You should learn as much as you possibly can, but not just technical skills. You should know how to build and how to sell and how to read a balance sheet. You should be held accountable by the actual measurable return on what you’re providing and understand how to pitch the business case of what you do. The ‘web’ and the Internet in general is deeply integrated with just about every aspect of people’s lives now. You should understand the bigger picture, but be able to get your hands dirty if you need to.

  21. A lot of SEO’s & entrepreneurs fear programmers since they can steal ideas and run with them.
    It’s important for high level SEO’ers to know some level of programming especially PHP, you can’t rely on programmers to make changes at a drop of hat.
    Thus being said, open a book SEO’ers and learn some simple PHP so you can make changes yourself.

  22. Great article. I think you can learn quite a few things in PHP (for example) without devoting years to it, and you would have a huge edge up on a lot of marketing people. I see this quite often at my job. Some of the client service folks get it and some don’t. Projects run so much smoother with the ones that do.

  23. Learn Python the Hard Way is an awesome book, but I’d recommend Invent Your Own Computer Games with Python also. It’s targeted towards kids, but that just makes following along simpler for people who have a mental block about programming.

  24. Ian. Spot on stuff. I definitely agree, being a pseudo dev helps you to play nice with real devs. Also, I definitely disagree. You should give rails another shot. Yes it has 10,001 layers of abstraction, and yes, it can take 55 hours just to get a damn print “hello world” going if you don’t have the right gems. But once it is running, you can write two elegant lines of code and it will wash your dishes, do the laundry, and put the kids to bed. Try http://railsforzombies.org/ and let me know what you think.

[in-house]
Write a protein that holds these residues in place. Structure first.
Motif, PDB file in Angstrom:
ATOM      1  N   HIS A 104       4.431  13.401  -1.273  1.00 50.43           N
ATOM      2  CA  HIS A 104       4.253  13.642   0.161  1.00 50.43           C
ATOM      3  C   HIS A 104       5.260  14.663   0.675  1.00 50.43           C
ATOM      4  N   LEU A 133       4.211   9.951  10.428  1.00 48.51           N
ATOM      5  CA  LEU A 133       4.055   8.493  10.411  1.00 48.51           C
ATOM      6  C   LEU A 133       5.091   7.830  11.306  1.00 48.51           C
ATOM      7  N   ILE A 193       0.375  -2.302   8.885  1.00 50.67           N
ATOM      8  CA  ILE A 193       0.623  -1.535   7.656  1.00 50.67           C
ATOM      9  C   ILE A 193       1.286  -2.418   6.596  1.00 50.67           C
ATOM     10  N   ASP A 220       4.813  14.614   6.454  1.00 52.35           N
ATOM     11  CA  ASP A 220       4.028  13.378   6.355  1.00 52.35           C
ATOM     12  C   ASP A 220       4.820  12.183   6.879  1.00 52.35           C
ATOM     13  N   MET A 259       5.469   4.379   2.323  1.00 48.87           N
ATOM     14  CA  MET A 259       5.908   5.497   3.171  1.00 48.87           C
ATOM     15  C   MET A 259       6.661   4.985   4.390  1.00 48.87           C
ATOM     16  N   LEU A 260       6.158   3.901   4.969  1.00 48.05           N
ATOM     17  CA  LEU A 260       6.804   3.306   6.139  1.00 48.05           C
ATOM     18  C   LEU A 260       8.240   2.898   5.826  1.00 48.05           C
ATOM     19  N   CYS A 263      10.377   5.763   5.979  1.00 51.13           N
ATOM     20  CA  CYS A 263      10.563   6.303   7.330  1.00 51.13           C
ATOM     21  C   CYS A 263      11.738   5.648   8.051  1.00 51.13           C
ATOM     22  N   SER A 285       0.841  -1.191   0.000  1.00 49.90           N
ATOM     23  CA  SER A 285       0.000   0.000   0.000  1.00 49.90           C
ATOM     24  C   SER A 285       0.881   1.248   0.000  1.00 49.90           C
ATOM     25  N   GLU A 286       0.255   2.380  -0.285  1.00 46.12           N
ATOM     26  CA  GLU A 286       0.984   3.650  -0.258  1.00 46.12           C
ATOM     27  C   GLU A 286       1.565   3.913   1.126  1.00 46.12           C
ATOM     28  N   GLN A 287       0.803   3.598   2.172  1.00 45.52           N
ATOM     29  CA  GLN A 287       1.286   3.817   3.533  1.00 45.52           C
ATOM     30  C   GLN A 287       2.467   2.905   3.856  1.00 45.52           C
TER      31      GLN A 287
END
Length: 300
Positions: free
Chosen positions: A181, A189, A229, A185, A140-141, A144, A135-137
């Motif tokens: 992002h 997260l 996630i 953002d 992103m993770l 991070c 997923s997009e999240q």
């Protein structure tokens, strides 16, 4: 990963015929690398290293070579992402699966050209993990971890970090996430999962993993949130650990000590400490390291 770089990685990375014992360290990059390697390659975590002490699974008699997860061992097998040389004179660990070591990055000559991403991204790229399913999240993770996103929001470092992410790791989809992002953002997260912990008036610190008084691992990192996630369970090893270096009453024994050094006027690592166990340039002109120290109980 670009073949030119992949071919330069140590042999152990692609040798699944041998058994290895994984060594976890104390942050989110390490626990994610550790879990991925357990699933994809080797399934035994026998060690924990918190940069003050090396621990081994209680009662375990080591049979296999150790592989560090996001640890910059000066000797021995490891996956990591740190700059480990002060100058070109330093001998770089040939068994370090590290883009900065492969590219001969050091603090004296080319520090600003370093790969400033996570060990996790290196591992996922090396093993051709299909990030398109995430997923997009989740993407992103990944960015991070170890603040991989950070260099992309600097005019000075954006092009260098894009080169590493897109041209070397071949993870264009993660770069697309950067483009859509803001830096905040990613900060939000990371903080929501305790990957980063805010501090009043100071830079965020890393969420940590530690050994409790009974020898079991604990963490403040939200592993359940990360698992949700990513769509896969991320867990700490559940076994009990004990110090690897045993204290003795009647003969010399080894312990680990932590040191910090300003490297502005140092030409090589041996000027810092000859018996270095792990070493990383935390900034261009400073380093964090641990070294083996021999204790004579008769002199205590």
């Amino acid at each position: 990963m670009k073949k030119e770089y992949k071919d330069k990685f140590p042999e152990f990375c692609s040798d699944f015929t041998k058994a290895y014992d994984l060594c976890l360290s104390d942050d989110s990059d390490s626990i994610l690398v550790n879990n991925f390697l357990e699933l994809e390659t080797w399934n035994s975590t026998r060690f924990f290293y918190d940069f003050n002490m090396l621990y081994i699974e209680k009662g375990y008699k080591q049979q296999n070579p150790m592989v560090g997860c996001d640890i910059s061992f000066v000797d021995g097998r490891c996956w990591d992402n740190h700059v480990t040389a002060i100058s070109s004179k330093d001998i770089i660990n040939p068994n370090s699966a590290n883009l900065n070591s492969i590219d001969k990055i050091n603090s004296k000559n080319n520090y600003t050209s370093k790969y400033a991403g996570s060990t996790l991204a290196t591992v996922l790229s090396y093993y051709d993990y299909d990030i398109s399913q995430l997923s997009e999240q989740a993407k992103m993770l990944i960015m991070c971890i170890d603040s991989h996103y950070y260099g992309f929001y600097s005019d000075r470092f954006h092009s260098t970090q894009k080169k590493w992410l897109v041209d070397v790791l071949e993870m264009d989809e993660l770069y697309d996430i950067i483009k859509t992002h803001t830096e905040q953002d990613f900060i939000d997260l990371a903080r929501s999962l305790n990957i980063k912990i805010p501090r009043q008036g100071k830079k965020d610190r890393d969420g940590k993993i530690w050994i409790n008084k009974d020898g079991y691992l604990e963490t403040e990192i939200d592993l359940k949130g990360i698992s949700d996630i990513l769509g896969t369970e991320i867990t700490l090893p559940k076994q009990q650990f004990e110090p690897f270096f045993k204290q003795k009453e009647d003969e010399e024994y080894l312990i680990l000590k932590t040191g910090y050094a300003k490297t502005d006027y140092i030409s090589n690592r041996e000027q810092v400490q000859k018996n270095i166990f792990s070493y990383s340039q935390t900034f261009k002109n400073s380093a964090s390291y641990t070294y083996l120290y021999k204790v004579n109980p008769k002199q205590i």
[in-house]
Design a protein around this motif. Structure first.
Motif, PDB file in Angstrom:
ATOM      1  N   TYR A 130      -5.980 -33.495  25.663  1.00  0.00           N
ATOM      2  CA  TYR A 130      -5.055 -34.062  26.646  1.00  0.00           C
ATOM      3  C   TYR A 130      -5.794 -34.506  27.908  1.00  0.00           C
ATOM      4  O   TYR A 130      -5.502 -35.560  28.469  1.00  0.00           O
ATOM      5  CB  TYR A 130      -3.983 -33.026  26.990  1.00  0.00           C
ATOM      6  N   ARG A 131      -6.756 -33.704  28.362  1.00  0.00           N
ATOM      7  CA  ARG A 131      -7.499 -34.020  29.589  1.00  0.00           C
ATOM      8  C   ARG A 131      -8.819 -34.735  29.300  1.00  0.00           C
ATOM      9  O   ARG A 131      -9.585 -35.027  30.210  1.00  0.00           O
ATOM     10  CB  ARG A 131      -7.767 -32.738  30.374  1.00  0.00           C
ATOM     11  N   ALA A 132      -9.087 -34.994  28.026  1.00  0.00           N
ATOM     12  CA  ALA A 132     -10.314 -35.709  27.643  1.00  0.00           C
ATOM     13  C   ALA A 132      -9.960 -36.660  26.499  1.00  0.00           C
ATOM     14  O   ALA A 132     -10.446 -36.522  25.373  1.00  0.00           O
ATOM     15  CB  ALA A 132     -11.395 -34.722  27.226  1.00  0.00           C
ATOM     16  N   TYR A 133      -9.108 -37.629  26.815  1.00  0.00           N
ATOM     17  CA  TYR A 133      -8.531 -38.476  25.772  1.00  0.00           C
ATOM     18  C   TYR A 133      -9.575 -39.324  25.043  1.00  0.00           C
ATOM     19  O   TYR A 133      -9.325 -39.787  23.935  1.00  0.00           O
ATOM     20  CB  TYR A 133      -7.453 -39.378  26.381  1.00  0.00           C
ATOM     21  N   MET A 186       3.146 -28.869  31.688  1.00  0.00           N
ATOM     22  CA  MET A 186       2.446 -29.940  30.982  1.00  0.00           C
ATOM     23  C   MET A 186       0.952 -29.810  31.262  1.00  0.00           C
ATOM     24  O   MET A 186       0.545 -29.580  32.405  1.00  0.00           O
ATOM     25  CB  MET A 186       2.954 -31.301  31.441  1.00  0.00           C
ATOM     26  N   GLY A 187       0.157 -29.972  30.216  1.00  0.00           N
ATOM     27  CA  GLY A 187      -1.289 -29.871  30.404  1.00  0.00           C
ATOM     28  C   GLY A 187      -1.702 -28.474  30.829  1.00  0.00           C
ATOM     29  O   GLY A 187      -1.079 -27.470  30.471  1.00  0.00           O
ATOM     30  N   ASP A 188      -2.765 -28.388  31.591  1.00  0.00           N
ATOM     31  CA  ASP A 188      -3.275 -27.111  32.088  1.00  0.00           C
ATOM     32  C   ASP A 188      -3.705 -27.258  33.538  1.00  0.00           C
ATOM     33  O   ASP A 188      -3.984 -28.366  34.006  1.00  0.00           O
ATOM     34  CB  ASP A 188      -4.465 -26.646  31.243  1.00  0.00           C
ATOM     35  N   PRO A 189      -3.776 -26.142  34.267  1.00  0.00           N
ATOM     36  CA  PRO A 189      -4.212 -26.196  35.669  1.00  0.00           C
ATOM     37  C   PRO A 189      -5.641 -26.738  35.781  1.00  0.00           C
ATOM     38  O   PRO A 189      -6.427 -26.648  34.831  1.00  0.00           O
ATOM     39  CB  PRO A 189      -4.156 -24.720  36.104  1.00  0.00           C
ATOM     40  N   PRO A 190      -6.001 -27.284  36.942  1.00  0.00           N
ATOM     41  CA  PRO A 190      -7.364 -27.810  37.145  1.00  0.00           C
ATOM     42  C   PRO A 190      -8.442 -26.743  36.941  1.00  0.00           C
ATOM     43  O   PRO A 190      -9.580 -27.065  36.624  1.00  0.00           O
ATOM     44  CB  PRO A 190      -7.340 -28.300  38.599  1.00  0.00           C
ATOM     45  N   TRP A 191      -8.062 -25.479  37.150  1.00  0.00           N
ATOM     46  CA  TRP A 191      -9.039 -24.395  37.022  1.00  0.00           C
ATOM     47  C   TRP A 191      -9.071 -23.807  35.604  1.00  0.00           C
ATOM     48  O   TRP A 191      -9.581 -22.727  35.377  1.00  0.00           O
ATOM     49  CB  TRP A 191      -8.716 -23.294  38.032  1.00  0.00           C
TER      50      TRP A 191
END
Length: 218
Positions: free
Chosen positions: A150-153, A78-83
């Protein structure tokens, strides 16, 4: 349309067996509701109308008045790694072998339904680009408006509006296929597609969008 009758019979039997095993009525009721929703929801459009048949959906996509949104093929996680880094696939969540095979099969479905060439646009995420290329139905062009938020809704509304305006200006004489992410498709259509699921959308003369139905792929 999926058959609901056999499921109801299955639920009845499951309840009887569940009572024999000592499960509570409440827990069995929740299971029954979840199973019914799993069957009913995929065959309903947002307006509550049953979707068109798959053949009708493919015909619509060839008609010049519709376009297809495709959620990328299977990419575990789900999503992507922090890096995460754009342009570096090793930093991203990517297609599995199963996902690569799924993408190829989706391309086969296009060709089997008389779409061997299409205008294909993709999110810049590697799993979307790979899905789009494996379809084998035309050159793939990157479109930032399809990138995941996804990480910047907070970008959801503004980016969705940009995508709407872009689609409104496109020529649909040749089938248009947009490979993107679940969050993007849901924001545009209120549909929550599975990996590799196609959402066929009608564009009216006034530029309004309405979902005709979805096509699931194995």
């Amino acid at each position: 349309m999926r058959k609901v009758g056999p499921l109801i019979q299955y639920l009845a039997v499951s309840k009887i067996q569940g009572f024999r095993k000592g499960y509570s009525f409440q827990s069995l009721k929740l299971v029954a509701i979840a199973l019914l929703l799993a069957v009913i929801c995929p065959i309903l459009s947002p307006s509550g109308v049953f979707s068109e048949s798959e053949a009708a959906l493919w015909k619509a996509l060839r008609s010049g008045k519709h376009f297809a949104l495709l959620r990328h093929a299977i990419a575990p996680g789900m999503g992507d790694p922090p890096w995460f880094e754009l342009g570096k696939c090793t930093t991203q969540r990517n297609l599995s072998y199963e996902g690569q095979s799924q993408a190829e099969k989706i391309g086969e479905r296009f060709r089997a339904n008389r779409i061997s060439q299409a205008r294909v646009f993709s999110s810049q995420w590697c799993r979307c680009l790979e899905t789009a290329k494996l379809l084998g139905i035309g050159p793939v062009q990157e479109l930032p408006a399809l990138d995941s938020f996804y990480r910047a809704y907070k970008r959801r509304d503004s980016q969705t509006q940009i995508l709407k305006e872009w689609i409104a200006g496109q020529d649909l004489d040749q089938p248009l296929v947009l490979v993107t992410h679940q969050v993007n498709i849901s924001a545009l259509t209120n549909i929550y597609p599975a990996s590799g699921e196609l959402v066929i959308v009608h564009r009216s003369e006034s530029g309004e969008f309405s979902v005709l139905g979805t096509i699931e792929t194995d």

25. I think learning a program (PHP, Java, C++…) is very essential to a Seoer. SEO is not a big deal, everyone can learn it for a day with basic tips, and can master in SEO for a couple of month. Learning a program is different, it takes at least 2-4 years, learning all stuffs day in and day out. Recently, most of the coders can do SEO by themselves. THe Most important is they have no time for seeking and building links.

  26. I’m a software engineer turned website developer turned SEO.
    I work a lot with website developers and often have to teach them how to do what I’ve asked them to do.
    It’s a fine line I have to tread so I don’t trigger their ego and end up getting nothing done. Some developers are great and embrace SEO while others find it a threat if it highlighted their ignorance.
    I’d have to defend developers (and I often do) on the time things take. Quite often the client with the “it’s only” thought does not understand what is exactly involved. Just recently I had to hand edit 100 files to change the text for a button. It was only one simple change, but took hours because of the way it was structured.
    Often developers don’t see new requests as a revenue stream but a suck on their profits. They’ve already got paid and any extra work is a drain on their time. I’m trying to re-train the ones that work for my clients so they understand that what I am offering to them is new work and they will get paid for it (I’m also training my clients to pay for work). The good ones also realise that I am teaching them how to make their next website better (SEO wise anyhow).